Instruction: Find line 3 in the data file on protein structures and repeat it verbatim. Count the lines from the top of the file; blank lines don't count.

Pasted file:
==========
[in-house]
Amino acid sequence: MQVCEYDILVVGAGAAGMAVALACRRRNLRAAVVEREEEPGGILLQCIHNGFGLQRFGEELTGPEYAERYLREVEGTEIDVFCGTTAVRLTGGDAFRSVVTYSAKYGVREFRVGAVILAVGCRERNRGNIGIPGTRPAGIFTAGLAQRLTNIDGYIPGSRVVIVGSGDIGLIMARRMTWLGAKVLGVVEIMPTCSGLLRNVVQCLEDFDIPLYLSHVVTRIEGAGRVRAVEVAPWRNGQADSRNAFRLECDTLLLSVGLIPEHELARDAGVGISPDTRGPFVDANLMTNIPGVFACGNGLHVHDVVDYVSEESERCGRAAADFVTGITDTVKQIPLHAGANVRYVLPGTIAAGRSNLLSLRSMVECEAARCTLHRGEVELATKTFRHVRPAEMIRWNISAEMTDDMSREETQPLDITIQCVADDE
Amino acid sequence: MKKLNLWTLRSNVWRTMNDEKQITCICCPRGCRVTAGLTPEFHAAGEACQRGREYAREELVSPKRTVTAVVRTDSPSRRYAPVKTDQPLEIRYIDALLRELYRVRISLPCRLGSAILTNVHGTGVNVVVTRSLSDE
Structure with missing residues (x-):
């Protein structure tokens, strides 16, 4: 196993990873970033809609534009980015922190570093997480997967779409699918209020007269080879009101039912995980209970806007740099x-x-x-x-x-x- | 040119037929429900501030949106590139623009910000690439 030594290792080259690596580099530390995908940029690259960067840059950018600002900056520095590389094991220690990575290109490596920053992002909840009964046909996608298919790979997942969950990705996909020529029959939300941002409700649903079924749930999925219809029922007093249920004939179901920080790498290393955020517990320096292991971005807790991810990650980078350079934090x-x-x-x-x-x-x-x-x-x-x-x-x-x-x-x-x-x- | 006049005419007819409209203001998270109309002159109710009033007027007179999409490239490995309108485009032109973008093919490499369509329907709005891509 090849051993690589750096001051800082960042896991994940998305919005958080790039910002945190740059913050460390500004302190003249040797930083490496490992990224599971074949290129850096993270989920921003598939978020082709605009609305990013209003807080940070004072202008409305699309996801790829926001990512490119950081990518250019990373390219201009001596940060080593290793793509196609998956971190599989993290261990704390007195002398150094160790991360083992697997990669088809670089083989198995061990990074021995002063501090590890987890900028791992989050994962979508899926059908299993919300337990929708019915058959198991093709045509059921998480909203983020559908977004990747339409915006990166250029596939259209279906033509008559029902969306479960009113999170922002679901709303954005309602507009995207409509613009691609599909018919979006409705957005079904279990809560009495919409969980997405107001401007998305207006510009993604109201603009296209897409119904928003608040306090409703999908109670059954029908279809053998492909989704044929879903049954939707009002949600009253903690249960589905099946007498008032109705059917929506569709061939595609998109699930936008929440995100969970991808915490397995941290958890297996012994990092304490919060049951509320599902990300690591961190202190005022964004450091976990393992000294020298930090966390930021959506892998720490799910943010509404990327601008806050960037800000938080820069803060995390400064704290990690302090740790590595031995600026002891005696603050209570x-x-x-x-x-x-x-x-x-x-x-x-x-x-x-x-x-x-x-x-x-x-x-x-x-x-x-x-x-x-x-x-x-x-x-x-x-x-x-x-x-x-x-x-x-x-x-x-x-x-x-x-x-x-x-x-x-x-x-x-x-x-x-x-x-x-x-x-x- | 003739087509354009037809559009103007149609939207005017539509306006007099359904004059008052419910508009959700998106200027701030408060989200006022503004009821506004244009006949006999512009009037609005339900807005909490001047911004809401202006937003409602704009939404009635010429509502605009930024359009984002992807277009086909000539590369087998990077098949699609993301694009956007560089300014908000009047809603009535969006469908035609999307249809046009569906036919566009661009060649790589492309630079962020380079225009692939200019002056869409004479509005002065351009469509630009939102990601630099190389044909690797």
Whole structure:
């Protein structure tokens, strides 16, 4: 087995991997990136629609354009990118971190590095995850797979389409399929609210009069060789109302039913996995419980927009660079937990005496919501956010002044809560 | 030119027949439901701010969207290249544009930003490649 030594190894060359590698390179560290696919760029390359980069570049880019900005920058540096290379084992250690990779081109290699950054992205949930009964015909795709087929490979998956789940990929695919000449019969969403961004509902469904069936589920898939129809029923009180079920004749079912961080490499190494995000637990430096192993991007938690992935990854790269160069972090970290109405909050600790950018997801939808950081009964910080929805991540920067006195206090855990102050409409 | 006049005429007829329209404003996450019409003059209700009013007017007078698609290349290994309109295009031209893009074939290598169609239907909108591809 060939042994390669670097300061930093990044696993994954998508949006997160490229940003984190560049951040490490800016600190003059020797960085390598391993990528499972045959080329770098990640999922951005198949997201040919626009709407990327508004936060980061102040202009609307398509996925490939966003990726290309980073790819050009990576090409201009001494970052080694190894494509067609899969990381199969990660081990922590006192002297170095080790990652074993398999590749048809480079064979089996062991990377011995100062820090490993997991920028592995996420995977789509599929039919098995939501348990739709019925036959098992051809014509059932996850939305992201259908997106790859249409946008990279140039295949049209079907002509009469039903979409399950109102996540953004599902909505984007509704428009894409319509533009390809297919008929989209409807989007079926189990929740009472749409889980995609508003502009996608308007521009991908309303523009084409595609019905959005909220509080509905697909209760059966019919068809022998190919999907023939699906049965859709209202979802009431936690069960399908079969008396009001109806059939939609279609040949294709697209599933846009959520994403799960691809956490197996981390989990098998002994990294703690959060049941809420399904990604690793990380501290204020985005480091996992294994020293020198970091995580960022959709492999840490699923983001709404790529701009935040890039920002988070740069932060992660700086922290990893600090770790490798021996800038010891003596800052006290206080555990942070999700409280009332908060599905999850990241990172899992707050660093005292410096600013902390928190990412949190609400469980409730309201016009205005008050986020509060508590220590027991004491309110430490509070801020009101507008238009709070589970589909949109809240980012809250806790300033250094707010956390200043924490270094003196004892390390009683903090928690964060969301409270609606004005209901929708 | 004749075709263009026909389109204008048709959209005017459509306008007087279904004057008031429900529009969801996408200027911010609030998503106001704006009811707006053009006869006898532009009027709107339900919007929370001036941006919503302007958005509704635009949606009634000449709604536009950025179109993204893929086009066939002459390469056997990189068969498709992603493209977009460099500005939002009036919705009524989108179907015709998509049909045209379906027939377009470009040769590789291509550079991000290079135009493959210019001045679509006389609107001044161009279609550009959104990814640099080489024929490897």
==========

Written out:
Amino acid sequence: MKKLNLWTLRSNVWRTMNDEKQITCICCPRGCRVTAGLTPEFHAAGEACQRGREYAREELVSPKRTVTAVVRTDSPSRRYAPVKTDQPLEIRYIDALLRELYRVRISLPCRLGSAILTNVHGTGVNVVVTRSLSDE